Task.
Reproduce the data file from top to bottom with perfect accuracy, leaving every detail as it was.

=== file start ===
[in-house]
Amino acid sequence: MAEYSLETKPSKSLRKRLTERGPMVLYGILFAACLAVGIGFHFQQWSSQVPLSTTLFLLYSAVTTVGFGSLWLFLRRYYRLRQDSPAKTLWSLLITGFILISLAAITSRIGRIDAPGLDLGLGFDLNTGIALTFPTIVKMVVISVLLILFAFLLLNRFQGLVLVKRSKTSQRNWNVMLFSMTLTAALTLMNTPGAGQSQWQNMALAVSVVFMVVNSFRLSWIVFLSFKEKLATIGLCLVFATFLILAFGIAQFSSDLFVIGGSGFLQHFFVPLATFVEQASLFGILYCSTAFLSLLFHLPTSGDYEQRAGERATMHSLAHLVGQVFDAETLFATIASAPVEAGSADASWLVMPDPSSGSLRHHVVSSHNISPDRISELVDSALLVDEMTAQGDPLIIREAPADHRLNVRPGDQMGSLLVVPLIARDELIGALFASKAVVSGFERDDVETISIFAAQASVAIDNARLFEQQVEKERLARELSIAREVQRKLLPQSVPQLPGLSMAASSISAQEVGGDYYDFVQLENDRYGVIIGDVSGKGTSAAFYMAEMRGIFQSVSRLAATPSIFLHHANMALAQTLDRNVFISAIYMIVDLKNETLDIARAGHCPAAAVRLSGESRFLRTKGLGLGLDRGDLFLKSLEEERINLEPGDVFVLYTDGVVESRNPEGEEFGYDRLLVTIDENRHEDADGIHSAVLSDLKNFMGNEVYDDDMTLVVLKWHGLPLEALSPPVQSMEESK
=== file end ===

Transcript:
[in-house]
Amino acid sequence: MAEYSLETKPSKSLRKRLTERGPMVLYGILFAACLAVGIGFHFQQWSSQVPLSTTLFLLYSAVTTVGFGSLWLFLRRYYRLRQDSPAKTLWSLLITGFILISLAAITSRIGRIDAPGLDLGLGFDLNTGIALTFPTIVKMVVISVLLILFAFLLLNRFQGLVLVKRSKTSQRNWNVMLFSMTLTAALTLMNTPGAGQSQWQNMALAVSVVFMVVNSFRLSWIVFLSFKEKLATIGLCLVFATFLILAFGIAQFSSDLFVIGGSGFLQHFFVPLATFVEQASLFGILYCSTAFLSLLFHLPTSGDYEQRAGERATMHSLAHLVGQVFDAETLFATIASAPVEAGSADASWLVMPDPSSGSLRHHVVSSHNISPDRISELVDSALLVDEMTAQGDPLIIREAPADHRLNVRPGDQMGSLLVVPLIARDELIGALFASKAVVSGFERDDVETISIFAAQASVAIDNARLFEQQVEKERLARELSIAREVQRKLLPQSVPQLPGLSMAASSISAQEVGGDYYDFVQLENDRYGVIIGDVSGKGTSAAFYMAEMRGIFQSVSRLAATPSIFLHHANMALAQTLDRNVFISAIYMIVDLKNETLDIARAGHCPAAAVRLSGESRFLRTKGLGLGLDRGDLFLKSLEEERINLEPGDVFVLYTDGVVESRNPEGEEFGYDRLLVTIDENRHEDADGIHSAVLSDLKNFMGNEVYDDDMTLVVLKWHGLPLEALSPPVQSMEESK